In a conference call discussing the news, Microsoft’s Stephen Elop (pictured, right) said this is the first time the software giant has developed rich mobile applications for platform other than its Windows Mobile operating system. Over time, the companies plan to release applications for Nokia phones (using the Symbian operating system) that include:

  • The ability to view, edit, create and share Office documents on more devices in more places with mobile-optimized versions of Microsoft Word, Microsoft PowerPoint, Microsoft Excel and Microsoft OneNote
  • Enterprise instant messaging and presence, and optimized conferencing and collaboration experience with Microsoft Office Communicator Mobile
  • Mobile access to intranet and extranet portals built on Microsoft SharePoint Server
  • Enterprise device management with Microsoft System Center

via Microsoft and Nokia confirm partnership: ‘A formidable challenge for RIM’ | VentureBeat.

Nokia: Bailing on Symbian Or Fully Committed? August 12, 2009

Posted by andre in Mobile & Gadgets.
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Oh dear. Nokia purchased full ownership of Symbian not too long ago and the company is supposed to be taking the platform open source in 2011… but that is a LONG time away and by that time, Nokia could be much too far behind the likes of the iPhone, Android, WebOS and BlackBerry to put up a valiant fight. It appears that could be cause for panic mode and that is exactly what Nokia is doing according to a rumor published on Techcrunch:

Nokia doesn’t trust its Symbian mobile operating system any more and plans to equip many of its smartphones with the mostly open source Maemo operating system it uses in its Internet tablets, according to undisclosed Nokia sources speaking to the Financial Times in Germany (FTD).

via Nokia: Bailing on Symbian Or Fully Committed? | Mobile Roar

iPhone grabs 32% of global handset profits August 11, 2009

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Apple’s iPhone now accounts for 8% of all mobile phone revenue and a whopping 32% of the industry’s handset profits, according to figures published by Bernstein Research analyst Toni Sacconaghi.

The numbers, published by All Things Digital blogger John Paczkowski, aren’t limited just to the smartphone segment market, but look at all mobile phones sold in the first half of 2009, a $65.7 billion industry.

Apple earned just over $5 billion in the first half of the year, making it the fifth biggest player in terms of revenue, behind Nokia, Samsung, RIM, and LG. Apple lead the world in actually making money however, with just over $2 billion in operating profits. The company earned just over $100 million more than second place Nokia, gobbling up a 32% share of the global profits made in handset sales and achieving operating margins of 40%. […]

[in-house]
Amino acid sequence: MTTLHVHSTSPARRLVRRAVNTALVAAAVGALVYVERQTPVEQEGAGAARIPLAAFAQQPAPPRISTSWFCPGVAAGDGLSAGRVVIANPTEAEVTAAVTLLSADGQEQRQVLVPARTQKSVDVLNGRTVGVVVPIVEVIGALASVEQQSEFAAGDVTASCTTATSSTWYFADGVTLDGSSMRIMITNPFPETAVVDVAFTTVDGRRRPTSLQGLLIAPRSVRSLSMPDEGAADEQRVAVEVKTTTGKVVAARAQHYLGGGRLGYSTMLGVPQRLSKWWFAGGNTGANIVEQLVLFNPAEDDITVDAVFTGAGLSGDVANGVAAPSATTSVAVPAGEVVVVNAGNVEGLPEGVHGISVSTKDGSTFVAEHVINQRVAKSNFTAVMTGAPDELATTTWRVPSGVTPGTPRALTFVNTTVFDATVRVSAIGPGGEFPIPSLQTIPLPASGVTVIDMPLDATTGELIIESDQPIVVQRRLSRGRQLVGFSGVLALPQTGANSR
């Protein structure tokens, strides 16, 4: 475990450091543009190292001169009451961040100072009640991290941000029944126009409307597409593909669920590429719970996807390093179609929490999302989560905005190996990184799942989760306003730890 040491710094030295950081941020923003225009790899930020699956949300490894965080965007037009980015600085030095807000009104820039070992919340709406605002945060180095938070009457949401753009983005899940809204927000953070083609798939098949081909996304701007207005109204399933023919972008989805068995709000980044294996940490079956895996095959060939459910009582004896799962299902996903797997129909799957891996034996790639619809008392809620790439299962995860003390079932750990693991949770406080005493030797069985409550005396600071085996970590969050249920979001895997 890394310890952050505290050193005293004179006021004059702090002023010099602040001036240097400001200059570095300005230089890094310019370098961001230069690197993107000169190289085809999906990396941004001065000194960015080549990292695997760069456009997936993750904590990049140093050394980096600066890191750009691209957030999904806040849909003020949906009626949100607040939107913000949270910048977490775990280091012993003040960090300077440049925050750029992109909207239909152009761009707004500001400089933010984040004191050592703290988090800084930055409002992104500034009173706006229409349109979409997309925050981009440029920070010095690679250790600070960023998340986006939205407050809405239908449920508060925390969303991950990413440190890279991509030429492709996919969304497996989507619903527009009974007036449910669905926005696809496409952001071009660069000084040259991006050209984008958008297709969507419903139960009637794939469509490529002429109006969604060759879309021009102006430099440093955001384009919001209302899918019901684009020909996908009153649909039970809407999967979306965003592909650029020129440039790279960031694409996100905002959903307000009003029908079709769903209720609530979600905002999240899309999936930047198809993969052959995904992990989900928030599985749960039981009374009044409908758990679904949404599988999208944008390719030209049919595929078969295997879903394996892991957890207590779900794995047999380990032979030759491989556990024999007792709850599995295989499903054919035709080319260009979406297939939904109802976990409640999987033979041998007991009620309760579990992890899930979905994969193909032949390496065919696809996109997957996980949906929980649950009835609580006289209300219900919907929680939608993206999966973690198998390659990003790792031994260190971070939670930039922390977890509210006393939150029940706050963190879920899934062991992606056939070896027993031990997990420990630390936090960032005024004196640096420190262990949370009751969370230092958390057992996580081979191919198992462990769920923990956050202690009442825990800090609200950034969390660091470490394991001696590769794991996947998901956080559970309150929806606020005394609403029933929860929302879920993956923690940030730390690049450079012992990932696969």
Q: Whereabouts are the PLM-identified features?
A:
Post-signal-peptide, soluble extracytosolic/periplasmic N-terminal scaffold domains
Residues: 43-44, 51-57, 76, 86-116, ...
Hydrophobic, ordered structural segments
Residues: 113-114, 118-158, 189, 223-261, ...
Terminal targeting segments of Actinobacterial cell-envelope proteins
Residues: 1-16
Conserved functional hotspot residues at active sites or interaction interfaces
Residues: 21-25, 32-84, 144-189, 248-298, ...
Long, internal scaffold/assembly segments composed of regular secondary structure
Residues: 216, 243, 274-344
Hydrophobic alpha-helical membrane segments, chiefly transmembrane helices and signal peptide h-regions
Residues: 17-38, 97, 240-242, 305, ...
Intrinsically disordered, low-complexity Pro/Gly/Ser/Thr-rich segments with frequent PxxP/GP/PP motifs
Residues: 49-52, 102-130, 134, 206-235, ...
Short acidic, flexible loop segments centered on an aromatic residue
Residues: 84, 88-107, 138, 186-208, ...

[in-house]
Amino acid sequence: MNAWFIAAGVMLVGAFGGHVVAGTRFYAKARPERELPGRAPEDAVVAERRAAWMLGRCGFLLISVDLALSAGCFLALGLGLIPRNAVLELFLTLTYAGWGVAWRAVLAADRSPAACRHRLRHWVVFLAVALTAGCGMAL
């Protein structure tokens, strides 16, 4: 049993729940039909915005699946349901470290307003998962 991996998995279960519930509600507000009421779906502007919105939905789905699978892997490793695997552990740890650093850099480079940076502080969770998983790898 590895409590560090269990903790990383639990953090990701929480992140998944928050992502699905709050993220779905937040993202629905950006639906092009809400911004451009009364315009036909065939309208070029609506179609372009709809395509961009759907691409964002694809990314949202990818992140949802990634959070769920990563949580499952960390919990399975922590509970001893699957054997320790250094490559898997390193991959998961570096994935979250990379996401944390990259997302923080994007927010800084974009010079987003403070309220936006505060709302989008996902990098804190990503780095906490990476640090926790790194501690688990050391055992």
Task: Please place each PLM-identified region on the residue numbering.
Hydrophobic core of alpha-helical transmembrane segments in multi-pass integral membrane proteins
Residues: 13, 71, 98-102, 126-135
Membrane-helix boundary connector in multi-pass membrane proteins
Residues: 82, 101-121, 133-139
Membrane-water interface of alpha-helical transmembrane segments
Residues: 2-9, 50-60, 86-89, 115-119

Apple’s smartphone business is structured similar to the company’s approach to selling computers, where it owns a disproportionally large segment of the premium market. As with feature phones, Apple has largely ignored low profit PC segments such as high volume but low priced $400 desktops.

via Report: iPhone grabs 32% of global handset profits | Ethiopian News

[UPDATE] Nokia turns to Android in smartphone wars – Nokia denied to publish an Andriod based phone July 6, 2009

Posted by andre in Mobile & Gadgets.
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UPDATE: Nokia has clarified its position. And as expected, they’ve completely denied this rumor and have reaffirmed their commitment to Symbian. No surprises there, Nokia was soon to rubbish the claims.

via techradar

This is the kinda news thats worth the mobile worlds attention. In a complete unprecedented move, Nokia is rumored to be working on an Android mobile phone. A reported by Guardian.co.uk, they’re going to unveil it in Nokia World Conference in September this year. Yes, its Google’s Green little alien we are talking about. This is a complete strategic departure from Nokia.

Nokia has perhaps never even considered powering their mobile handsets with operating systems other than Symbian and its associates like UIQ. There were some linux based phones in the past, but not something that cought our attention. Nokia has been the flagship company to sport Symbian operating system. We’ve commented on how both, Symbian and Windows mobile are becoming obsolete. Looks like the threat to Nokia as the biggest device manufacturer with the largest market share in the world is real.

Recognizing Google’s threat since Android’s announcement, Nokia bought out Symbian and converted it into Symbian Foundation – open source platform with more or less the same principles the Open Handset Alliance is based on. […]

via iMAndroid » Nokia droping an Android Bomb!